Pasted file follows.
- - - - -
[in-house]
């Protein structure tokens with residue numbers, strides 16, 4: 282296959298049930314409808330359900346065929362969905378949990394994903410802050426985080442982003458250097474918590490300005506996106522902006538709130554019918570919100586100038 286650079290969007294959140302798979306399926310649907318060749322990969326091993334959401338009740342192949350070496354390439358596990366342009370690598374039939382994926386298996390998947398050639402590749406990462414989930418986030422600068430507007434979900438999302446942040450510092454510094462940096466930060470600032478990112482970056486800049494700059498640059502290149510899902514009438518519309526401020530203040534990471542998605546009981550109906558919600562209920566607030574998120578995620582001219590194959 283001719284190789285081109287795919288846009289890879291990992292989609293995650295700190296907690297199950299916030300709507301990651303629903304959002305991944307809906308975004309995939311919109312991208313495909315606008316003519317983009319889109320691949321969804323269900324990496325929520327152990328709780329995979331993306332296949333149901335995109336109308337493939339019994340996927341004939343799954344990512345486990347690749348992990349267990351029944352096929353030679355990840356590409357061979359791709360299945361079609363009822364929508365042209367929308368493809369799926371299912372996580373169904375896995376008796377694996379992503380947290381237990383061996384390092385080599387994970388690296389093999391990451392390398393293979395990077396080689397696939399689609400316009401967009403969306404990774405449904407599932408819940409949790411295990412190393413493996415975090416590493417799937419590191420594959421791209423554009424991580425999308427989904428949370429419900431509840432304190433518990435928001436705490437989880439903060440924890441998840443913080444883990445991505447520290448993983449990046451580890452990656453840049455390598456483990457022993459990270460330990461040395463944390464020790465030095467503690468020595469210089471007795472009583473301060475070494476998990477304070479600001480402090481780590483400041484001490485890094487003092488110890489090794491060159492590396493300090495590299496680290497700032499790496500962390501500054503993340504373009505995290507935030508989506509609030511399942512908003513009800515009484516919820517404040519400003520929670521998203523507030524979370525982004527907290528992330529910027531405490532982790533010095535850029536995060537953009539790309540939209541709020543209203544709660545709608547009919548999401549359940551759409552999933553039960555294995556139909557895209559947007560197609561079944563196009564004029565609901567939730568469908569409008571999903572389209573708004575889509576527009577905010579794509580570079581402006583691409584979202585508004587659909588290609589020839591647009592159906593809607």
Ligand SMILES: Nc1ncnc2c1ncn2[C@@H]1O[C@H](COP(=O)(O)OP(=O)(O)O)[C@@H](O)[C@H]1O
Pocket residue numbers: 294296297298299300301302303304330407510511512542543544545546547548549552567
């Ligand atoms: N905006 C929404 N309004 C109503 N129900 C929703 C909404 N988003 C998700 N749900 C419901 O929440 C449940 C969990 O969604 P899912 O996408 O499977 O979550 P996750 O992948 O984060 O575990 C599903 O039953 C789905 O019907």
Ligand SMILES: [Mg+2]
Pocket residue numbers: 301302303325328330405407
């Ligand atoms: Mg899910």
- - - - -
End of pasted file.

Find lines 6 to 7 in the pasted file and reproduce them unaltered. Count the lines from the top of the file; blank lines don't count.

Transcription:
Ligand SMILES: [Mg+2]
Pocket residue numbers: 301302303325328330405407